Malnutrition in disability: How to prevent and treat it
This post was written by Kinela Team
September 25, 2019
Our diet plays an important role in overall health and wellbeing. Good food choices can improve our quality of life, help maintain healthy body weight and reduce the risk of chronic disease and malnutrition.
Many preventable health conditions are often affected by our food choices – obesity, high blood pressure, type 2 diabetes and stroke. This is because the nutrients we derive from eating food play a role in the way our metabolism functions. In other words, how our body runs!
Our body requires a certain amount of nutrients to keep us fit and healthy. People can become malnourished if they don’t eat enough, or the right types of food, or if their body can’t absorb all the nutrients from food. This can be caused by the overall underconsumption of nutrition or overconsumption of certain nutrients.
Malnutrition is a condition that results from nutrient deficiencies (underconsumption) or overconsumption of only particular nutrients (overnutrition).
Undernutrition occurs when you do not get enough nutrients, particularly protein and energy. It can lead to impaired growth (height) and severe weight loss. It is also common in undernutrition to experience deficiencies in vitamins and minerals which directly impact our health and wellbeing.
Overnutrition occurs through the overconsumption of certain nutrients – proteins and fats, along with energy. This commonly results in obesity. Overnutrition can also lead to deficiencies in vitamins and minerals, as the foods which are highest in these nutrients are excluded in favour for higher energy foods such as sugary drinks and foods high in fat and refined carbohydrates. These substituted foods are often low in key vitamins and minerals.
Malnutrition and living with disability
Individuals who are born with or acquire a disability often face issues related to nutrition. Specifically, individuals with oral feeding and swallowing problems – cerebral palsy and genetic syndromes such as Down syndrome or Prader Willi syndrome are at greater risk of malnutrition. Also, individuals who are born with or acquire a physical disability may be at an increased risk of pressure sores and therefore require an increased amount of nutrients and a higher quality diet to promote wound healing and improve immunity. There are a number of contributing factors that place people living with a disability at an increased risk of malnutrition.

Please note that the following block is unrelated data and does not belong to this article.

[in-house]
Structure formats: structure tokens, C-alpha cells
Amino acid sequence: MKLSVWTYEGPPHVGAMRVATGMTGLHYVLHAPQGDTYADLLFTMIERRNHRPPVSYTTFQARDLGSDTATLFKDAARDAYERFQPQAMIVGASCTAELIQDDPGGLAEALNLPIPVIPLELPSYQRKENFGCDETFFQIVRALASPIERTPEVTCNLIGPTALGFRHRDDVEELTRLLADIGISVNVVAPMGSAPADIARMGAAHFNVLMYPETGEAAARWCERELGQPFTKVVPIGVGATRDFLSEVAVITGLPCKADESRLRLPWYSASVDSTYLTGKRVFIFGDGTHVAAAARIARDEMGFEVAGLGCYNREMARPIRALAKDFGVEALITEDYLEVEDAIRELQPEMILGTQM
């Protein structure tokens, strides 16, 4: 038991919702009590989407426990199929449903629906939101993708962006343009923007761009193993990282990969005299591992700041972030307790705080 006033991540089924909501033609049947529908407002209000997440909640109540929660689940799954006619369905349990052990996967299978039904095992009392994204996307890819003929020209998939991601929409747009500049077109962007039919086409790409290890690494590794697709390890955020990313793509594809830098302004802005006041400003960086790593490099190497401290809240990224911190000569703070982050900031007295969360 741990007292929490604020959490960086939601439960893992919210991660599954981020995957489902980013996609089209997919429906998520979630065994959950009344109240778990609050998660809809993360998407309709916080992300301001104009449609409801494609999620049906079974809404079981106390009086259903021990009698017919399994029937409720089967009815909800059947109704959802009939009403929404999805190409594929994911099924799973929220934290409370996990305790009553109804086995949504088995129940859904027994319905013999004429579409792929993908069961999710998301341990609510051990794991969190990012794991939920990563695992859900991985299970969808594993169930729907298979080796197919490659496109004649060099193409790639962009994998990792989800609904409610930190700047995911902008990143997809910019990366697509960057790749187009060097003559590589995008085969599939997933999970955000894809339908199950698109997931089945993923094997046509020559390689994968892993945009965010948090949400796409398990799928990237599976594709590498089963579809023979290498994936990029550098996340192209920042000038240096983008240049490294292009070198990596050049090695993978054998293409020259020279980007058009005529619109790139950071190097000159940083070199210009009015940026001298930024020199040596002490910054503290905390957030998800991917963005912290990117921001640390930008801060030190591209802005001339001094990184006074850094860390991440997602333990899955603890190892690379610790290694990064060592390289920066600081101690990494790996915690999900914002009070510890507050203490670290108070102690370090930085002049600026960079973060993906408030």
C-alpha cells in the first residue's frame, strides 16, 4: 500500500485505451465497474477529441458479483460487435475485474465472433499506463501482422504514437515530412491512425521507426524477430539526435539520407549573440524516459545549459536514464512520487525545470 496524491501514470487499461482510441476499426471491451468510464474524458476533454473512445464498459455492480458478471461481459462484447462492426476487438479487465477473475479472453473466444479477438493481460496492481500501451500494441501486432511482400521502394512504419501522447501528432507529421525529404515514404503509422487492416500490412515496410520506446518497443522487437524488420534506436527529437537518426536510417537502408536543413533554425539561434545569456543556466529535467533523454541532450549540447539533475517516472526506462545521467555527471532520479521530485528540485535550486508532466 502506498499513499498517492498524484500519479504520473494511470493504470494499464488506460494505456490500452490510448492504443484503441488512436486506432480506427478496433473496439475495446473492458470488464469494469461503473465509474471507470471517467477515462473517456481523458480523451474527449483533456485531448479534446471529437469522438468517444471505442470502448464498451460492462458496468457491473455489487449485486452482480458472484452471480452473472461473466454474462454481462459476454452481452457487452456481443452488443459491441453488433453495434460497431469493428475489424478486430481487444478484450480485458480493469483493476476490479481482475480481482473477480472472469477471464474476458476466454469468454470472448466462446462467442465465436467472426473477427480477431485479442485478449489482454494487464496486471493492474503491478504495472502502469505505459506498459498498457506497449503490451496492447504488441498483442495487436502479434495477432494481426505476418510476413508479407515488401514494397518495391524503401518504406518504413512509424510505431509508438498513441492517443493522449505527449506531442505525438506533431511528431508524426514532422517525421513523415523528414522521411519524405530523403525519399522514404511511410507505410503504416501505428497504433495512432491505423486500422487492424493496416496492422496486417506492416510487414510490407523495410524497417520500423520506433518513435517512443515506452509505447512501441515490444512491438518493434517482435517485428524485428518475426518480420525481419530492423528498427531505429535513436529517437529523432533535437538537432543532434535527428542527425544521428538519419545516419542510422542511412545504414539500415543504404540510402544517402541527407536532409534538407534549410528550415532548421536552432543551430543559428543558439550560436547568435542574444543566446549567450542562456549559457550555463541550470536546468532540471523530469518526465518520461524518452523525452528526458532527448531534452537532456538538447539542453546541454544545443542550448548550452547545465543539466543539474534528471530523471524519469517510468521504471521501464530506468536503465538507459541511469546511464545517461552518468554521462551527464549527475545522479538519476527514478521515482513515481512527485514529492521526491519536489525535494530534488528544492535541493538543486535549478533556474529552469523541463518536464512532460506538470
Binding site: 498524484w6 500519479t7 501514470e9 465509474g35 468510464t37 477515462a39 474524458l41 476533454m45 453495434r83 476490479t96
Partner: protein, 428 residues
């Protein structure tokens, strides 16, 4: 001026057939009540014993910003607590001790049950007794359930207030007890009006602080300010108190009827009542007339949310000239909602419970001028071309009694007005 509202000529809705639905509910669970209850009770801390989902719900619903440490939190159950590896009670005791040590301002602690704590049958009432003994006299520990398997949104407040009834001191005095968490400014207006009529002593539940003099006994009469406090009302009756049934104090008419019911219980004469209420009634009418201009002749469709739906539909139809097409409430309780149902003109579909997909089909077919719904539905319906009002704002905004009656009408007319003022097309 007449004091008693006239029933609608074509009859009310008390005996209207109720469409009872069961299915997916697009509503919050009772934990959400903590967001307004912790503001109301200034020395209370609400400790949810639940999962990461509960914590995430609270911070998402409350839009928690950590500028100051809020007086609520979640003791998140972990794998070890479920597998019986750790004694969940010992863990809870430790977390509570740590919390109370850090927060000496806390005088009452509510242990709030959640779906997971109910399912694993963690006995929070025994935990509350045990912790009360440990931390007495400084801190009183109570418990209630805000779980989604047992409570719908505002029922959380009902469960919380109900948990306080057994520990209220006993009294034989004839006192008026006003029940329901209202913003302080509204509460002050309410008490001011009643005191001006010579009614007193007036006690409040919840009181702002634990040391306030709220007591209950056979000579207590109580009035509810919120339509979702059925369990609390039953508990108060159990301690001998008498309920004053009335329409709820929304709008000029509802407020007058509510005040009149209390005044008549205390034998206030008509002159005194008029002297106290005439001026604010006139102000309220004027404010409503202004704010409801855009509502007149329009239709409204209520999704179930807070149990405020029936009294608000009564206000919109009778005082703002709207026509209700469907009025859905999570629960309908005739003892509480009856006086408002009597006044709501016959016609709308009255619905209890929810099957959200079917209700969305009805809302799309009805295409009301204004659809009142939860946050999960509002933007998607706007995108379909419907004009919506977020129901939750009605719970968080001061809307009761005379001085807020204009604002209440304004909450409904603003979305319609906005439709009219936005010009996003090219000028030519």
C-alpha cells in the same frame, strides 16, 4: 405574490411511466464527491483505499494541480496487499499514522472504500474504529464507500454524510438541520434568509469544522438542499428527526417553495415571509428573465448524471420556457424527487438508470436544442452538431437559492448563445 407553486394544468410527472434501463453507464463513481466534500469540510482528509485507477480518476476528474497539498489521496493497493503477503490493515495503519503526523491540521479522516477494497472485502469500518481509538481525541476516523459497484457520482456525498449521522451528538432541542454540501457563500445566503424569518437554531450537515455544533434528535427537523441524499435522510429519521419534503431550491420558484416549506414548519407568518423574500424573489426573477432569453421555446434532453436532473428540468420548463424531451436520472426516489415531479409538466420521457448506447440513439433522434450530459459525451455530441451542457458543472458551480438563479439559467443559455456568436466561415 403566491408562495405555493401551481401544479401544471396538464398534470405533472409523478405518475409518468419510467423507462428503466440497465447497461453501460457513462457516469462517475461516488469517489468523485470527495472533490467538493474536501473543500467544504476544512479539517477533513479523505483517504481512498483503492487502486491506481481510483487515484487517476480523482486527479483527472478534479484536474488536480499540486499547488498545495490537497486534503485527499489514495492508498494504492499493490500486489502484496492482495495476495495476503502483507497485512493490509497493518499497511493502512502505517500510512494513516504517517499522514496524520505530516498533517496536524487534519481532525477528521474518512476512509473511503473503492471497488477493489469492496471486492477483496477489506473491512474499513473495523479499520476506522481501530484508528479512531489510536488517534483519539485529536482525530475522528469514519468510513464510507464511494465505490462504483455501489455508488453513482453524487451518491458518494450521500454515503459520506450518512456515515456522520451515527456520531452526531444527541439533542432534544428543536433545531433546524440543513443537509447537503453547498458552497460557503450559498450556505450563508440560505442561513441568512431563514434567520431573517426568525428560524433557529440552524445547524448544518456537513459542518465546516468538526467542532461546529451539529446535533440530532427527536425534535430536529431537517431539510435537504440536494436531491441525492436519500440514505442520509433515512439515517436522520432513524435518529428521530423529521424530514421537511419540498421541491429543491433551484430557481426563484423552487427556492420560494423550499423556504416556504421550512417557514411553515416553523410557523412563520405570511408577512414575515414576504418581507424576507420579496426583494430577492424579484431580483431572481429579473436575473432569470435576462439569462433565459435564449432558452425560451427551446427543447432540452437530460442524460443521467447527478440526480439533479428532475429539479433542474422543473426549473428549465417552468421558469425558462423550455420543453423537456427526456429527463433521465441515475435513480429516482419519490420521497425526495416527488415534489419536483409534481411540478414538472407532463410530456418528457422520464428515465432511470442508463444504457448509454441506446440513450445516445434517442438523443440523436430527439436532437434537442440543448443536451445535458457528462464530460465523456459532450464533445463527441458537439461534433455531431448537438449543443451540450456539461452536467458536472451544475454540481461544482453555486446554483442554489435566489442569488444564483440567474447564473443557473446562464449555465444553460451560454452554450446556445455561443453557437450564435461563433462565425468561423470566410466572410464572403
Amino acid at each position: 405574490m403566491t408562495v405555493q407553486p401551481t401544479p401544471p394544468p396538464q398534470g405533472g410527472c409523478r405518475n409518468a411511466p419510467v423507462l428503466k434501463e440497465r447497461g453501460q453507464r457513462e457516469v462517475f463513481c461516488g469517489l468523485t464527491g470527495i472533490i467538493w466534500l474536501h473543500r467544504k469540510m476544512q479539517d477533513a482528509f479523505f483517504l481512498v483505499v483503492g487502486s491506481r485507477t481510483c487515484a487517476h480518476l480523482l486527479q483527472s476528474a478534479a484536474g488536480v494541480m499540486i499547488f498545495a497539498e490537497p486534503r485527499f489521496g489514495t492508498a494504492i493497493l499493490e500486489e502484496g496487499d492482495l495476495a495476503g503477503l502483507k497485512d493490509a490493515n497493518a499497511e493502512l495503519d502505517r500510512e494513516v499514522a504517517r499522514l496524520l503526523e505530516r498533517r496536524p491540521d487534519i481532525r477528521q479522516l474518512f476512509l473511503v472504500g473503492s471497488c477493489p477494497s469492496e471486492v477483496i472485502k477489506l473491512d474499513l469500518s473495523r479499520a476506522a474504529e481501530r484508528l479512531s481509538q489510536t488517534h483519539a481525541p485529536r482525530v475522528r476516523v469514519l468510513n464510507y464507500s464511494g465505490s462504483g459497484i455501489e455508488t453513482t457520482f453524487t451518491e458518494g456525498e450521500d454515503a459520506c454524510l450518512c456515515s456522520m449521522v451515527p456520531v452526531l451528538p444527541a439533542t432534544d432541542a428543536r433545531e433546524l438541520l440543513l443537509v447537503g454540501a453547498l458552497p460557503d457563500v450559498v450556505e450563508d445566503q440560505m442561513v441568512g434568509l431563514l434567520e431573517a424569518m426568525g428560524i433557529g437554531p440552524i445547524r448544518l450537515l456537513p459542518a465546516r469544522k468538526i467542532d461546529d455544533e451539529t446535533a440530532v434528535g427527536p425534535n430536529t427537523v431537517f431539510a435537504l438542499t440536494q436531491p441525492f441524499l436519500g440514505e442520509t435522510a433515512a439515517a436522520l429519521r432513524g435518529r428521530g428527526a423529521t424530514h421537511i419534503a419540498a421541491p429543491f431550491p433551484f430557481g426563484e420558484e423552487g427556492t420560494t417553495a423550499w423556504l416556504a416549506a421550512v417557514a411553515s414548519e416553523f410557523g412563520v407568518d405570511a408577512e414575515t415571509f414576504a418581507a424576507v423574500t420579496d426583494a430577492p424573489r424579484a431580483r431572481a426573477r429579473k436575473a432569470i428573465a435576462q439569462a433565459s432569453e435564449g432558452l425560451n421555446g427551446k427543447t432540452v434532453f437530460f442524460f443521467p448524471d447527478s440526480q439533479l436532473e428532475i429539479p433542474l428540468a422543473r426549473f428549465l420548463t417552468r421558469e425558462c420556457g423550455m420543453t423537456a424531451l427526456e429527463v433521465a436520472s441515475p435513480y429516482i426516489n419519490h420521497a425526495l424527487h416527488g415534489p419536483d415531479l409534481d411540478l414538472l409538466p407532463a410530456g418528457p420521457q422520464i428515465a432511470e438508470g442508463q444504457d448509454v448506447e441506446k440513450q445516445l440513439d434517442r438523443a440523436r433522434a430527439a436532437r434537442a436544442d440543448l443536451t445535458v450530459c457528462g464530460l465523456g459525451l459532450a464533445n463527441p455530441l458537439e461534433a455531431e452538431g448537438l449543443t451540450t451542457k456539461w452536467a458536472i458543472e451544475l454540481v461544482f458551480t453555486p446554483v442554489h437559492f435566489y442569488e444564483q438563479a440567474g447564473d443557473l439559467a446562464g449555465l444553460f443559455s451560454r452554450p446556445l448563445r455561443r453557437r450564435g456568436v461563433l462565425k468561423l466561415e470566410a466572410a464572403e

Malnutrition in older Australians
Older Australians are prone to malnutrition due to factors such as loss of appetite, changes to swallow and chewing ability, loss of taste and smell, dementia, isolation and lower-income. This can lead to an increased risk of heart disease, diabetes and cancer.
Further, malnutrition places older Australians at an increased risk of falls and fractures as deficiencies in nutrients such as protein and calcium can lead to muscle weakness and osteoporosis respectively. Malnutrition also places them at an increased risk of infection, poor wound healing and several chronic diseases such as heart disease, diabetes and cancer. Overall this increases the chance of hospitalisations significantly which has its own associated costs and loss of independence.
What can I do?
Awareness of malnutrition is an important step in addressing this issue in people living with disability and old Australians. It may not always be obvious when someone is suffering from malnutrition
A great first step is to see if you or a loved one is at risk of malnutrition is to have a Malnutrition Screening Tool (MST) completed by a GP or registered nurse. When you get the results, take these to an Accredited Practicing Dietitian (APD). Here at Kinela, we have a large team of registered dietitians who can help people living with disability or older Australians manage and avoid malnutrition.
At Kinela, our experienced dietitians specialise in supporting people living with disability and health conditions. Our services include guided supermarket tours, meal planning and everyday tips on meal preparation and balanced eating.
Our dietitians create custom meal plans and programs and we help you set your health goals. Once we have designed a program just for you, we deliver the program in person or via video call at your home or wherever suits you best.
Together, we track your progress and support you every step of the way in your journey to better health.
Book your consultation
If you would like to find out more about NDIS funding for dietitians and other health support services, call us on 1300 448 100 or fill out the form below to book your first consultation with our friendly team.
Categorised in: Health & wellbeing